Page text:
Your keyword research should include not only the obvious keywords, but also any variations on those keywords. *Your city's homes for sale, for example, should also include:
- *your city + state abr* homes for sale
- homes for sale in *your city*
- homes for sale in *your city + state abr*
- *your city* real estate
- *your city + state abr* real estate
- *your city* real estate for sale
- *your city + state abr* for sale
- real estate *your city*
- real estate in *your city*
- real estate for sale *your city*
- all of the above with the state abbreviation
- similar search phrases with subdivisions
- similar search phrases with counties
Each of these search phrases will have a different number of monthly searches, a different level of competition, and, ultimately, a different intent from the user (the person doing the search).
With Google's algorithm learning at breakneck speed, the link between keyword research and user intent is more important than ever. By 2021, Google BERT will be used on nearly all searches. BERT is a Google Algorithm Update that uses artificial intelligence to better understand a search query.
Is there a difference in user intent when searching for *city* real estate as opposed to waterfront condos for sale in *subdivision*?
There is, of course, and the "real estate" search may be looking for statistics on the local market or other general information on real estate in the respective city. Where the "condos for sale" search anticipates seeing active listings in the respective condominium complex.
It takes time and a methodical approach to develop your specific set of real estate keywords.
Complete a Website Audit
Now that your local SEO is in place and you know what keywords you want to be found for, the next step is to conduct an SEO website audit.
For the most part, your best bet in the website audit process is to use a free website audit tool, such as the one provided by One Click SEO, or to use specialty SEO tools, such as Screaming Frog, ahrefs, SEMrush, or SERPed.
Hiring an SEO agency to perform a manual audit is a more expensive, but more thorough option. A manual SEO audit should start at around $500 and go up from there, depending on the size of your site.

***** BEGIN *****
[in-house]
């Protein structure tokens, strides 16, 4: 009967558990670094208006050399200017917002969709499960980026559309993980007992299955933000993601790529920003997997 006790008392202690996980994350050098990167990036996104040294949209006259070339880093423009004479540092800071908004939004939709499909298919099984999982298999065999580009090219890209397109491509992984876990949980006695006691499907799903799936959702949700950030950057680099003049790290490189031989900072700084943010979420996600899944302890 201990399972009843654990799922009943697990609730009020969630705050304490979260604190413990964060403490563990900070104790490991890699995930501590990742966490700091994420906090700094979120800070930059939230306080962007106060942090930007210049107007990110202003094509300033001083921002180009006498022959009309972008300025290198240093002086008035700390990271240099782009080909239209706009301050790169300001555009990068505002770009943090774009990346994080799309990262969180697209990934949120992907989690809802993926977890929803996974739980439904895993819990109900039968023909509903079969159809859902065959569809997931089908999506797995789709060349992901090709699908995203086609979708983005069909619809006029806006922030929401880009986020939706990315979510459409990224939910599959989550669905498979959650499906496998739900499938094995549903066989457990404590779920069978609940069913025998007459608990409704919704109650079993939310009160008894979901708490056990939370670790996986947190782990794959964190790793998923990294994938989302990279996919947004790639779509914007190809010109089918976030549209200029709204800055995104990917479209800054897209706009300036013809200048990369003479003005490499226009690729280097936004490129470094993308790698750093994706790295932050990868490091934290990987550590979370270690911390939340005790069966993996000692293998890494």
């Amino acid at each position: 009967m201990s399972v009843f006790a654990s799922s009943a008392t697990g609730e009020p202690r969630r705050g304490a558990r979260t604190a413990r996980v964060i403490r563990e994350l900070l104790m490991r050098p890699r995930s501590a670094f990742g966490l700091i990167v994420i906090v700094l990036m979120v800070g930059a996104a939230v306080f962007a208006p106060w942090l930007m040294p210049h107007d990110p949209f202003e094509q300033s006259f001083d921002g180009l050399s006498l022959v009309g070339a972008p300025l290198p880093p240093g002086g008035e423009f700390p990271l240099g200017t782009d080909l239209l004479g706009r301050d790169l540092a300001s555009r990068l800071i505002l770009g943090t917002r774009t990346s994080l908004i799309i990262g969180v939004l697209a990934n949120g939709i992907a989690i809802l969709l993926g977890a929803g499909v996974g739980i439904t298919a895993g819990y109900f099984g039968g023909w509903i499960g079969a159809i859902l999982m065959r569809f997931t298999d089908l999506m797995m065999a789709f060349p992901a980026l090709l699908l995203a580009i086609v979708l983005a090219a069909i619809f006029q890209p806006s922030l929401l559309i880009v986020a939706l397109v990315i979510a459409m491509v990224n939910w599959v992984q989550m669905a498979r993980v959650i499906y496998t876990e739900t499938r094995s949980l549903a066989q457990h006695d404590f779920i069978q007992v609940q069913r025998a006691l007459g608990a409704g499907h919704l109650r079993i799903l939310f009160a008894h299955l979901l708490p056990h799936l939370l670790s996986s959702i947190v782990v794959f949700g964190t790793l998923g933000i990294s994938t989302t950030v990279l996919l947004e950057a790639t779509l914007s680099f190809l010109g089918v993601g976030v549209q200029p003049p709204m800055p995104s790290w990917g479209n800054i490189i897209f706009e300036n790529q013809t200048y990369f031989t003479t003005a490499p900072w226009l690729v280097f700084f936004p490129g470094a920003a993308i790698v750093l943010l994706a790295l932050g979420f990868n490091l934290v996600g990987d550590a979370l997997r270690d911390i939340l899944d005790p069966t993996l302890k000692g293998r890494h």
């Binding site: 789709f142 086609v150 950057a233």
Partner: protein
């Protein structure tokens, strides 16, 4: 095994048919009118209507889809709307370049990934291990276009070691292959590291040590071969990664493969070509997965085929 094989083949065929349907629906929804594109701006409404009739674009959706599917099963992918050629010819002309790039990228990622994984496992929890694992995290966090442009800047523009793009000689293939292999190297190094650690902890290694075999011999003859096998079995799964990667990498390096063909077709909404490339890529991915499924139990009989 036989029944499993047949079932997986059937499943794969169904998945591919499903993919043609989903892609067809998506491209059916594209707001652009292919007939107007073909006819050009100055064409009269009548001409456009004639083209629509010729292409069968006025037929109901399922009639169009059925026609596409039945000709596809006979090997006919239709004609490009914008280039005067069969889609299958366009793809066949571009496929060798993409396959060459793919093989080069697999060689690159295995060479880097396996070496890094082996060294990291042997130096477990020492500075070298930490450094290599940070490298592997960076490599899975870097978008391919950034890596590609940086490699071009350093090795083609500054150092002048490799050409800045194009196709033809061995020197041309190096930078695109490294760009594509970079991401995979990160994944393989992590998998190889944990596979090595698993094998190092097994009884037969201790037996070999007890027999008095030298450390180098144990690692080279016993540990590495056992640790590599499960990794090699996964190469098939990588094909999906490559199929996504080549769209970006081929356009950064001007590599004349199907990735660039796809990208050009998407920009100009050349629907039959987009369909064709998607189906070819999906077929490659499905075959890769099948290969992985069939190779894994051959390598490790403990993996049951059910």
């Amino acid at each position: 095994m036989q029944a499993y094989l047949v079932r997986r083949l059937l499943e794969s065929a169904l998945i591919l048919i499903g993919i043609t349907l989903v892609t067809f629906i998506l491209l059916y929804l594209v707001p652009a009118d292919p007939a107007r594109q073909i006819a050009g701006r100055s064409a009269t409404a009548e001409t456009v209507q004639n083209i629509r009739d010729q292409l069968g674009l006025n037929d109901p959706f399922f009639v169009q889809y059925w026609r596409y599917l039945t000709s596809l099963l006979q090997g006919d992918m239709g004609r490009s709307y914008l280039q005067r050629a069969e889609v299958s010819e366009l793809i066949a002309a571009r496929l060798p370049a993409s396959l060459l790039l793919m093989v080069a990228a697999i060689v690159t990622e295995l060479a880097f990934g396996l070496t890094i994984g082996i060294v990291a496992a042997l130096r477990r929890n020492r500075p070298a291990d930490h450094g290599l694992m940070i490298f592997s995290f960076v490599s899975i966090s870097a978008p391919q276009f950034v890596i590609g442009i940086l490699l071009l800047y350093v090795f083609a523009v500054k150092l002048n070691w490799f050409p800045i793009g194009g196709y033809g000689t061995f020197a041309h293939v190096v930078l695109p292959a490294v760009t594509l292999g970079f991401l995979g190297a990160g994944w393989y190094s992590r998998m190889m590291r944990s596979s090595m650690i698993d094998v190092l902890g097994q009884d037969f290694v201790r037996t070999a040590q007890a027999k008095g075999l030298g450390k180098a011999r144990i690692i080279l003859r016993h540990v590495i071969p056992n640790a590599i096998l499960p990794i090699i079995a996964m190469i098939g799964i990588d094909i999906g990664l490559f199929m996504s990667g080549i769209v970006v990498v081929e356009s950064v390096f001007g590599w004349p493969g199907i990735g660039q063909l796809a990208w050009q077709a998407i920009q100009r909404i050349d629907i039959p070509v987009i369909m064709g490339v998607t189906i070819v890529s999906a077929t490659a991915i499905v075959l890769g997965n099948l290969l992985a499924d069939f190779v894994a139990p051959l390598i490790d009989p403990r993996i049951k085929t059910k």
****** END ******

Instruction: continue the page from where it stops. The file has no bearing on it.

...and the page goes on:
Once you have the audit results, you will at least know where your website stands in terms of technology. It is critical to remember that there is no silver bullet for search engine optimization — in order to effectively rank any website, many parts must work together.
Descriptions and Meta Titles
The next step is to go over each page's meta headers. Meta titles and meta descriptions are simple and crucial aspects of your on-page SEO.
The main keywords you want to rank for should be included in the meta title for each page. When you distill all of the content on the page, you should arrive at your meta title. Each page's meta title should be between 10 and 70 characters in length.
People will see your Meta Title and Meta Description in their search engine results page on Google and other search engines.
Most real estate website platforms make it very simple to update the Meta Title and Meta Description. The title has a significant impact on rankings, and the description describes what is on the page.
At 160-300 characters, your meta description is slightly longer. Each page's meta description provides a brief summary of what the page is about. The meta title is important for page ranking, and a well-written meta description will entice users to click on your site rather than the others in the search results.
Site Speed and Mobile Responsiveness
It's the year 2022, and anyone who is remotely serious about their website has already made it mobile-friendly. Furthermore, this should be caught in your website audit as well, but it is so important that we felt it deserved its own section.
With mobile devices accounting for more than half of all internet traffic worldwide, we even recommend building your real estate website mobile first. A mobile first website is one that is designed to be viewed on a mobile device first and then adapted to be viewed on a desktop computer later. This may appear to be a minor distinction, but it has a significant impact on the web design process.
Another no-brainer is to make your website as fast as possible. These two factors are somewhat related, as the speed with which your website loads is even more important on mobile devices. In addition to how the site is built, the hosting that is used for your website will have a significant impact on its speed. We put in a lot of effort to create the best WordPress hosting for SEO purposes.
AMP Pages for Real Estate